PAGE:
David Francis, who has devoted a lifetime to the stone industry in the UK, recently by writing about and answering queries about memorials. He has now decided to retire.
David Francis was a hands-on mason who specialised for many years on the memorial side of the stone industry. If you have an issue regarding memorial masonry, David is happy to help.
In the March issue of this column, before we all went off to ExCeL in London for the Natural Stone Show, I wrote about some of the queries I had received as a result of this column and provided some of the answers I had given that could be of use to a wider readership.
Of course, I don’t get letters these days but emails. They come from both the trade and the general public, mostly from the UK but sometimes also from abroad via the stonespecialist.com website. How the World has shrunk in my lifetime!
The subjects of the queries are instructive. They are an indication of issues people have about memorials. Those from the public quite often relate to memorials leaning, to leaded letters falling out or painted letters losing their paint. Sometimes there are concerns about staining of the stone or its rapid decay resulting in the loss of inscriptions. They are clearly issues that concern the bereaved and should be addressed by memorial masons when the stone is being selected.
In some areas a stone anti-graffiti treatment might even be appropriate – there are several different makes to choose from these days and could be an additional service for memorial masons to offer.
I have summarised another of the questions I have received here with my answer. I hope it might give masons reading this some ideas for improving the information, the options and the service they give to the bereaved.
Q: I read the information you gave previously about why stones end up tilting, which was helpful but has left me wondering if a kerbed memorial would eliminate the issue? I would like a simple headstone for my mother. My aunt has told me that without a kerbed base, the stone will tilt and sink.
After reading the information you provided I am still not sure which way to go? It sounds as if you are saying a lot of the issues come down to the expertise of the mason installing the stone. If this is the case, how do we know who to choose?
My response: The reason memorials of any type sink or tilt is because the ground underneath is unstable.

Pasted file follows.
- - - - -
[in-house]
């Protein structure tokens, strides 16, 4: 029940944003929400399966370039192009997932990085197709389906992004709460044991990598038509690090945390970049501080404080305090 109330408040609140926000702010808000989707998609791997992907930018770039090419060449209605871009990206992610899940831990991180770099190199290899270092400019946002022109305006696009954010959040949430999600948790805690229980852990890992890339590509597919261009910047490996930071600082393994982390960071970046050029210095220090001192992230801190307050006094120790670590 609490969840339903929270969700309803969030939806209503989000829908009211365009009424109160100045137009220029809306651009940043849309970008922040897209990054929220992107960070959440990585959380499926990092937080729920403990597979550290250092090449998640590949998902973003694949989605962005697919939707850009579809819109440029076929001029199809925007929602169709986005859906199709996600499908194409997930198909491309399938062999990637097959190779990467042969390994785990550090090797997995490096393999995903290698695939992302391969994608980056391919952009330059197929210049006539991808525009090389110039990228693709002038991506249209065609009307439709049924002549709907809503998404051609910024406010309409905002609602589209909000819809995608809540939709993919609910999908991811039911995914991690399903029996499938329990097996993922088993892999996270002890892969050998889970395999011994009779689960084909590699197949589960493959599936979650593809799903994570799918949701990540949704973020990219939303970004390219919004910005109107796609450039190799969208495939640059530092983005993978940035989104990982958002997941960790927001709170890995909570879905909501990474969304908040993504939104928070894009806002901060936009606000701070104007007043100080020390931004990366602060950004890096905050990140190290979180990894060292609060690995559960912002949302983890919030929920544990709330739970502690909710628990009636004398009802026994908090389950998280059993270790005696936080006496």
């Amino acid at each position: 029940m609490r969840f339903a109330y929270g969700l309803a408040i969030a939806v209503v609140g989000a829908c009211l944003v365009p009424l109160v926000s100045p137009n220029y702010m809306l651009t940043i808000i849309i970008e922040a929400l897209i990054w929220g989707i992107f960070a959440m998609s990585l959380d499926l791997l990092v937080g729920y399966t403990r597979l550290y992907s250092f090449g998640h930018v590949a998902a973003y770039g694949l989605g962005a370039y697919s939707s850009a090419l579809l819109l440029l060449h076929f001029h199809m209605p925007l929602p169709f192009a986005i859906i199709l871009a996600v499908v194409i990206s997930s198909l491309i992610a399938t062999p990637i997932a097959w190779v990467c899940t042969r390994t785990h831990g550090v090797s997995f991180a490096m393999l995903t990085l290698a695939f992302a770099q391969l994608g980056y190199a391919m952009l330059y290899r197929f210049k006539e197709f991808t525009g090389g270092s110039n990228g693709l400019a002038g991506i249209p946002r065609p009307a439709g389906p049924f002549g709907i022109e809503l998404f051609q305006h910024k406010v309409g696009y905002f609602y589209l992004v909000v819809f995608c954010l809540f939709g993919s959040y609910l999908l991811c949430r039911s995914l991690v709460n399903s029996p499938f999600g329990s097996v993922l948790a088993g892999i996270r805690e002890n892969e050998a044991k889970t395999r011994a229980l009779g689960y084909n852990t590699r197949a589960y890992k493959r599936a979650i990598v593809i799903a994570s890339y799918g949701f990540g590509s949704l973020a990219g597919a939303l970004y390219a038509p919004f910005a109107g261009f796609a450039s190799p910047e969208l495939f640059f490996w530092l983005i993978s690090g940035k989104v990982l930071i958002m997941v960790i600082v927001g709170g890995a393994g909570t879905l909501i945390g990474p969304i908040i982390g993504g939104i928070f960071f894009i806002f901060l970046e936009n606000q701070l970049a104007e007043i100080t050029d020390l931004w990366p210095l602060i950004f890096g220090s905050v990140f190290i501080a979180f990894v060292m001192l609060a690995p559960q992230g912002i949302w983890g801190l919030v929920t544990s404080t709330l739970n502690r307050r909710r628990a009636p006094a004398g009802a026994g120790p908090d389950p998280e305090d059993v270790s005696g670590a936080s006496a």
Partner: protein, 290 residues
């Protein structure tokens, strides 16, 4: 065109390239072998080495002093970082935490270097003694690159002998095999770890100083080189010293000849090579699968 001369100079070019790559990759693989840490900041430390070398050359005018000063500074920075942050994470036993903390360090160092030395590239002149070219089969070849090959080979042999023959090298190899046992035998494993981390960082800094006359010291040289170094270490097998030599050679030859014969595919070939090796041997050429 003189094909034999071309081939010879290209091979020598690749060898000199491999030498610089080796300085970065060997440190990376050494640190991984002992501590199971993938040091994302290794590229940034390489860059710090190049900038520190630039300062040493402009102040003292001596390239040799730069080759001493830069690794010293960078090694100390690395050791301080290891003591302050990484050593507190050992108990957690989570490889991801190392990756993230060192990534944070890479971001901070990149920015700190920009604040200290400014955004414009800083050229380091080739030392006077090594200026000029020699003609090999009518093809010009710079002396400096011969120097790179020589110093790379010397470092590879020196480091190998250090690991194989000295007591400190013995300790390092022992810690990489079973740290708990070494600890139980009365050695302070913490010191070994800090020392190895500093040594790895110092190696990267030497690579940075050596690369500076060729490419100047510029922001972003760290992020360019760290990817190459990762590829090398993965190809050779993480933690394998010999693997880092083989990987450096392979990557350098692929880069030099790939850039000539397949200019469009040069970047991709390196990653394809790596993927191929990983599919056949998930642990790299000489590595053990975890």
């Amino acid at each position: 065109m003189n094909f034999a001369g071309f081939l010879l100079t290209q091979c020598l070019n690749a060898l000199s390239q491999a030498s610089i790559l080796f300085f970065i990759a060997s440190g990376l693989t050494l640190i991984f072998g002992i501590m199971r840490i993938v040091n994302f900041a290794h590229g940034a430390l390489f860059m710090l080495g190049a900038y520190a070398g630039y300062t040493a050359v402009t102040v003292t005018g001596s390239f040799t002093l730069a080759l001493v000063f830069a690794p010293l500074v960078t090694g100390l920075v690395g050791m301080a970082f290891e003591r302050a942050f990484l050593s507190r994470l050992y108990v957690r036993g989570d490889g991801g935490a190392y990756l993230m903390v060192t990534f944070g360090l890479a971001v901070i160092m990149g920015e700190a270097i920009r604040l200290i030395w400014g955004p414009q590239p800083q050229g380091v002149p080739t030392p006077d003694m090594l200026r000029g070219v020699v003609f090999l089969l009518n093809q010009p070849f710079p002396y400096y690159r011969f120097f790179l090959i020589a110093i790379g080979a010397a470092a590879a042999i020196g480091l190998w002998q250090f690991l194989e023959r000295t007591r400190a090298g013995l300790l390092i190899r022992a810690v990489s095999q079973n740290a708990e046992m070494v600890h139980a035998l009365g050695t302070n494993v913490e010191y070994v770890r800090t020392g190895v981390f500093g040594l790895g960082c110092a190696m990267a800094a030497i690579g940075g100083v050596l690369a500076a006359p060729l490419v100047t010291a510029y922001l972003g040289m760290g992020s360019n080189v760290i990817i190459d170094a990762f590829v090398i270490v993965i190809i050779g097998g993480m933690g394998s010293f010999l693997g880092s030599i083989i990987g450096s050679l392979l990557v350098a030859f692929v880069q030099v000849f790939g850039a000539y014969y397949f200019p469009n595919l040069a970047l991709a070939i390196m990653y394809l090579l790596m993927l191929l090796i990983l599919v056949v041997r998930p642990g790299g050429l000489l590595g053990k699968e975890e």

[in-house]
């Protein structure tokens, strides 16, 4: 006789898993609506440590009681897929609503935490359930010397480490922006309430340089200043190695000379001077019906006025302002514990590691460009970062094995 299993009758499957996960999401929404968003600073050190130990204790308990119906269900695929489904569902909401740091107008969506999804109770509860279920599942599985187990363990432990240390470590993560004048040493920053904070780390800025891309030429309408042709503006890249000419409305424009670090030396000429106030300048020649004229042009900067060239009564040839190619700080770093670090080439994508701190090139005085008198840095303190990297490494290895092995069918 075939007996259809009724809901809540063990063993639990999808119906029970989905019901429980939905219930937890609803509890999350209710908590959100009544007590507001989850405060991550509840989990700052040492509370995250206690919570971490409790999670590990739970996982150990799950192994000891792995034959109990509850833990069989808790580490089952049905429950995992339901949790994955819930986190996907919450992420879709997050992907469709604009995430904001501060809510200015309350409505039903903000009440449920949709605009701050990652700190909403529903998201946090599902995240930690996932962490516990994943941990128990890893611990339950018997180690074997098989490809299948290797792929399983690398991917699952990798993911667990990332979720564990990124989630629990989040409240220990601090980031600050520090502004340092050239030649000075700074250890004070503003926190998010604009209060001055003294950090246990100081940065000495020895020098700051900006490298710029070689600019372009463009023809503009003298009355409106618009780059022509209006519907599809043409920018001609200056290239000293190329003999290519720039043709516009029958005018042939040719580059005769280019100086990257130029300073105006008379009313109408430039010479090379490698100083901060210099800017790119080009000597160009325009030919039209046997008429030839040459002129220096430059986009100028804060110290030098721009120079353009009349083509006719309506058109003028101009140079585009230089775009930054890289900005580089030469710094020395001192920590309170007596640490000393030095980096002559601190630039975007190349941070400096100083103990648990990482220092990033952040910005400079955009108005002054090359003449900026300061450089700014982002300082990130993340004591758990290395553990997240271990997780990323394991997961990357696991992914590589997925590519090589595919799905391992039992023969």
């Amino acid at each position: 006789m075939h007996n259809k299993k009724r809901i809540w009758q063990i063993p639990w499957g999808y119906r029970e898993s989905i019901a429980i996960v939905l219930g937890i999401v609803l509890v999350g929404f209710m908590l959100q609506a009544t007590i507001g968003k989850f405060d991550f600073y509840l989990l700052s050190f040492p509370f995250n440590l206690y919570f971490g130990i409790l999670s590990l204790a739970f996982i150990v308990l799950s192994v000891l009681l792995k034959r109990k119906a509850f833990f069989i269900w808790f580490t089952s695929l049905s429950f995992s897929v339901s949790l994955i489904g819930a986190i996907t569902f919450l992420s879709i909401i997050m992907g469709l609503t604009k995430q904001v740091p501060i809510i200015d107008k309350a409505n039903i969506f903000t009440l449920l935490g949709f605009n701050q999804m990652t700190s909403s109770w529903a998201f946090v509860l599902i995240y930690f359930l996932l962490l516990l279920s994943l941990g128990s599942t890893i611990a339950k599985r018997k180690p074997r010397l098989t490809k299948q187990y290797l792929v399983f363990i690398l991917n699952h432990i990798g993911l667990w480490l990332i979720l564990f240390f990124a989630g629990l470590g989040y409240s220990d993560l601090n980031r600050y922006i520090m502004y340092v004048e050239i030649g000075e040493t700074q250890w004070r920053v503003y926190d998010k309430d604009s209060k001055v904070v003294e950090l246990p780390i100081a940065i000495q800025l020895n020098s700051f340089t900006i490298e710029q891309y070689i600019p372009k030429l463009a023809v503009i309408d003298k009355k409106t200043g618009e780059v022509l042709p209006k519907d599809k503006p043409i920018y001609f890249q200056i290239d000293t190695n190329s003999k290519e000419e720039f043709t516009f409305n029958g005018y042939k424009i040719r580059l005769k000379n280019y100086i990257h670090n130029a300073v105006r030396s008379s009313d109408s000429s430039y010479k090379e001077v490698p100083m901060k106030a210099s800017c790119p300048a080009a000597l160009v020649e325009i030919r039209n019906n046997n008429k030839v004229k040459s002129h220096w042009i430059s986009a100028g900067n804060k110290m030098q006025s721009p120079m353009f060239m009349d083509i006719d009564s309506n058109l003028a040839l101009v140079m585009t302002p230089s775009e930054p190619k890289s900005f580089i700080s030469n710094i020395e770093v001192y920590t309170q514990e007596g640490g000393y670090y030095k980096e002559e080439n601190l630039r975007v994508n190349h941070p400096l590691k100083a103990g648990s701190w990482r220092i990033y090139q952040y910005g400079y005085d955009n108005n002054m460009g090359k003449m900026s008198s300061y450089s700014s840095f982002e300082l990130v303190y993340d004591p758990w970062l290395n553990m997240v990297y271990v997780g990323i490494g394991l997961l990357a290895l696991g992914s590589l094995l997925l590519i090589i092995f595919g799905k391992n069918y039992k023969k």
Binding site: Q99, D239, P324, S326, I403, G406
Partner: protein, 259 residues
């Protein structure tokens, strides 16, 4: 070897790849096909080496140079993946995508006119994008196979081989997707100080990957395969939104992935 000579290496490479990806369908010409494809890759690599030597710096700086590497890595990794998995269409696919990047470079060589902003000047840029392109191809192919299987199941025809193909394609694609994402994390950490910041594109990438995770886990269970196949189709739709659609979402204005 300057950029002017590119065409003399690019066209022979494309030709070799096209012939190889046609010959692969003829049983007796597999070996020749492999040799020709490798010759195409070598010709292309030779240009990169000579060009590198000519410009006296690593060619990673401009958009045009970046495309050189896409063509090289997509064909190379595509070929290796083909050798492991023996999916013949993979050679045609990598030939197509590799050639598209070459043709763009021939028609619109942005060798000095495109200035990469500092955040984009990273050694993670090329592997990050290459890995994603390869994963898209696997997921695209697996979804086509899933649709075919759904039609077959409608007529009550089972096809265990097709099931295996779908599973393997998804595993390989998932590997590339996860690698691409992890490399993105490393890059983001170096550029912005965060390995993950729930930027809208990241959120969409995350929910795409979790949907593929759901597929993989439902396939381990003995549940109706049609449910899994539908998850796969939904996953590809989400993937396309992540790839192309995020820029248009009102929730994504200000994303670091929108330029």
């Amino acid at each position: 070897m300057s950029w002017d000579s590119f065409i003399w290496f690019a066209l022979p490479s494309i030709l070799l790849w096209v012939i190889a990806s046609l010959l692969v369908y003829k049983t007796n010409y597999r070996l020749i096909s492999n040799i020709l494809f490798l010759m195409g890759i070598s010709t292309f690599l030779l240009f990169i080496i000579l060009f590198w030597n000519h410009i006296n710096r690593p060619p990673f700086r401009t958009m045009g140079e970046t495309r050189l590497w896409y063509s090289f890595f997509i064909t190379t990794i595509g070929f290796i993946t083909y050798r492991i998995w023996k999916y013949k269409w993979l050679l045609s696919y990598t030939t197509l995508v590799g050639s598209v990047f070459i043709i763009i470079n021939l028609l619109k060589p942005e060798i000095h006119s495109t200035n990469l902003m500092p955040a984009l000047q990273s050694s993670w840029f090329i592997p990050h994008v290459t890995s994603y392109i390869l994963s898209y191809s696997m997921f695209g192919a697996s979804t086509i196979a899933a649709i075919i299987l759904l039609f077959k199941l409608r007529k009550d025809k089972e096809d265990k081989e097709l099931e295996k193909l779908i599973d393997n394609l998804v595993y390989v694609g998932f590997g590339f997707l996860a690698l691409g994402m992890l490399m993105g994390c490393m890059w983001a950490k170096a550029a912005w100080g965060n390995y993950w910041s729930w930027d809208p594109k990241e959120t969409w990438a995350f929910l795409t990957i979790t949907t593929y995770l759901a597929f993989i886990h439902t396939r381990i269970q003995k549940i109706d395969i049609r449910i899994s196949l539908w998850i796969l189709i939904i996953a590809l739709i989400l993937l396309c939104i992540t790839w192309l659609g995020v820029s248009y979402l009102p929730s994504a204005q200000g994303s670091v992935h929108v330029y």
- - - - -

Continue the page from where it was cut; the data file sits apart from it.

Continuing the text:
A grave has been dug and the soil set aside.
After the burial the grave is filled and because no consolidation takes place the soil is left to compact gradually.
On ground that is susceptible to movement, the British Standard states that a reinforced concrete foundation that spans the width of the dug grave should be used.
When a headstone or kerbed memorial is set properly there should be little movement, but it is simply a geological fact that all ground moves.
Both the National Association of Memorial Masons and the British Register of Memorial Masons keep registers of accredited masons who have undergone fixing training. Both organisations have websites that can help you find their masons. Go to
www.namm.org.uk and click on ‘find a NAMM member’.
David Francis was a hands-on mason who ran a craft-based business in South London for many years. He moved out of London in the 1990s and concentrated on memorial masonry, being Technical Advisor and Trainer for the National Association of Memorial Masons (NAMM), writing training manuals and City & Guild Qualifications. He has now left NAMM and retired but would like to continue to advise and assist masons to continue to improve skills in the sector.
David Francis has decided to put away his pen and retire from writing as well as masonry, so will not be available to answer any more questions. If anyone has any queries about memorials or memorialisation, a first point of call might be to the National Association of Memorial Masons (NAMM). More details at www.namm.org.uk.